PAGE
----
Making the Team
Jake Moscatel: road to BU men’s hockey team long and rocky
More than half of the players on the BU men’s hockey team are Massachusetts natives, and nearly all of those 14 athletes grew up hoping to play for the Terriers. But for Jake Moscatel, making the team is truly a dream come true.
Moscatel (CAS’14), who grew up in Lexington, is a third-generation Terrier. His grandfather, Anthony Moscatello, was the former director of BU Photo Services, and his father, Jim Moscatel, Sr. (SMG’79), instilled a passion for BU hockey into his children at an early age.
“I’ve been taking Jake to hockey games since before he can remember,” says his father. “When he got older and started to play hockey, I got the impression that he never wanted to do anything other than play for BU.”
As Moscatel grew into a 6-foot, 200-pound frame and became captain of his high school hockey team at the Belmont Hill School, several schools approached him with scholarships.
“I would go see head coach Jack Parker a lot while I was in high school to ask for a tryout,” Moscatel recalls. “Eventually I came to realize that it was just a numbers thing. With so many incoming freshmen in my freshman year, Parker told me I should take a year off and play in the Junior Hockey League so that I could apply the next year.”
Maybe. As it turned out, Moscatel spent a year with the Boston Junior Bruins, then learned that he didn’t have the grades to get into BU. He enrolled at the University of New England, where things looked good (he thrived as one of the best players on a Division III hockey team) and then bad (a hip injury threatened to end his hockey career). He used his time off the ice to shore up his grades, then transferred to BU at the start of the 2011 spring semester.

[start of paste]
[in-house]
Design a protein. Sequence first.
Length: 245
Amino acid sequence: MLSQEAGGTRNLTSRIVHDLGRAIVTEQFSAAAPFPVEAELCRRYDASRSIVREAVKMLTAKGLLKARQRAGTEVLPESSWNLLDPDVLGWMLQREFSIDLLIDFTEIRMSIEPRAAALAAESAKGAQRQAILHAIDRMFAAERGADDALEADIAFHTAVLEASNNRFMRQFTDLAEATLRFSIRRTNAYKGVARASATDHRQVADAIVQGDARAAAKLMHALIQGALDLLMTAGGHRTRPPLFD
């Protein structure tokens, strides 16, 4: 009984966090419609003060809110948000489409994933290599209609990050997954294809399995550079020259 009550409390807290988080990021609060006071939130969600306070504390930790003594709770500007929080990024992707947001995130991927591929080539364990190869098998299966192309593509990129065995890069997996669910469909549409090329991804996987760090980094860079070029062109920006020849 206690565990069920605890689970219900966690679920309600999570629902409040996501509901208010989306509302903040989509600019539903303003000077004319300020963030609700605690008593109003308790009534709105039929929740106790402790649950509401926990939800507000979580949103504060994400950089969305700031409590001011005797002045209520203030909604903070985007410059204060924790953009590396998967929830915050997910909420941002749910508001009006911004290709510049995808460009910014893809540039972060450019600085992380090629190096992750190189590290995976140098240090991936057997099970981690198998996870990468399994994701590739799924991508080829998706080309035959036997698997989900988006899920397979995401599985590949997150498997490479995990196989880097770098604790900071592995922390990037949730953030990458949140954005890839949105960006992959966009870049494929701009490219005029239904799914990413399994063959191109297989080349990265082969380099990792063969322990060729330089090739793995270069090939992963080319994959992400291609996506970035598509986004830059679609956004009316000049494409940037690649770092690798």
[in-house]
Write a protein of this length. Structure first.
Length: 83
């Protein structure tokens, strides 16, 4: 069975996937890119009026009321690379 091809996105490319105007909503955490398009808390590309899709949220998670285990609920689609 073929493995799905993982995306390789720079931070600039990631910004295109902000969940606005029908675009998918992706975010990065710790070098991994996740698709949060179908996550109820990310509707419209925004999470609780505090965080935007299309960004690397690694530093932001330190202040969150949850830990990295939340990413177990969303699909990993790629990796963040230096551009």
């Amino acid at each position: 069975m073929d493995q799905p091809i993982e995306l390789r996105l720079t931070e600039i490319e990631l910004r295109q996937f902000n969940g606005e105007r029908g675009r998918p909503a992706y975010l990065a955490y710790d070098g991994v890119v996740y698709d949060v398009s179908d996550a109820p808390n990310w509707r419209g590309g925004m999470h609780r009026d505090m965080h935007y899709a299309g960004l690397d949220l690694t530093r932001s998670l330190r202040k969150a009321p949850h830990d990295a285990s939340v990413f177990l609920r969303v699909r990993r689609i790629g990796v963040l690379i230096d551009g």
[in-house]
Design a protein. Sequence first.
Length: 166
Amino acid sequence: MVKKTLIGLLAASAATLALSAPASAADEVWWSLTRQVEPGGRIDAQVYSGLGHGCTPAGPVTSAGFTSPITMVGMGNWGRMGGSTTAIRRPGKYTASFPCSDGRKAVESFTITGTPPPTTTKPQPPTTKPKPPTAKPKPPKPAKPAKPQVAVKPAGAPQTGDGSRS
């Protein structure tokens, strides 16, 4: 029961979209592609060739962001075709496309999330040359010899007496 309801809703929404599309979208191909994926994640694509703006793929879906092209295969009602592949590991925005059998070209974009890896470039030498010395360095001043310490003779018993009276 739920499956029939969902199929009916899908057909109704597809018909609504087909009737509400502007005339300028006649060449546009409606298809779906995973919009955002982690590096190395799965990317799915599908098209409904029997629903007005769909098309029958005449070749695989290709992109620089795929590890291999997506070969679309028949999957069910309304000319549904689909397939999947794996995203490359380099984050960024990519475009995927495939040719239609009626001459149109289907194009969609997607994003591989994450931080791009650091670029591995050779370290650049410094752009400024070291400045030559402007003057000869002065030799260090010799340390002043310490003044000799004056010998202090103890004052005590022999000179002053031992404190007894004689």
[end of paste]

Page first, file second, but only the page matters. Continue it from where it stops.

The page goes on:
He was playing for the BU club hockey team when a vacancy opened up on the varsity team practice squad. During history class, he mentioned to Chris Connolly (MET’12), then team captain, that he was available if the team needed practice players. Connolly spoke to Parker (SMG’68, Hon.’97), who gave Moscatel a shot at making the team.
“A lot of the guys had played with Moscy in Junior Hockey and prep school leagues,” says Pat MacGregor (CGS’12, COM’14). “We knew he was by far one of the best players on the club team, but what really impressed me was how he became one of the hardest workers right off the bat. Since the first day he stepped on the ice he’s done everything he could to improve and help our team.”
Despite the effort, by the end of the 2011–12 season Moscatel still didn’t have a guaranteed spot on the team, and Parker let him know that he might not be needed the next year.
“It was definitely a roller-coaster ride,” says Moscatel. “I just focused on the everyday grind and was never complacent.”
Moscatel’s focus impressed Parker, who put him on the 2012–2013 roster.
“When I was on the practice squad, I was kind of awed by everything,” Moscatel says. “Once I got on the team, I started to feel like I belonged, and then my attitude changed and I decided to do whatever it took to crack the lineup.”
On January 4, 2013, Moscatel saw his first game action in a 3-2 overtime victory over Rensselaer, and a couple of months later, he scored his first goal in a 4-2 win over Northeastern.
“It was so thrilling to see him out there achieving his dream,” his father says. “When he scored that first goal it was probably the most excited I’ve ever been at a sporting event.”
Moscatel was a major part of the Terriers third line for the rest of the season and was one of two Terriers to earn the team’s Most Improved Player award. Last March, when new head coach David Quinn (CAS’89) took over, Moscatel finally got a lock on a position he had coveted since childhood. “There was never a doubt in my mind that there was a roster spot for him,” says Quinn. “He contributed in key situations last year, and I knew we needed some senior leadership, so he’s become a really valuable member of our team.”
Nate Weitzer can be reached at email@example.com.+ Comments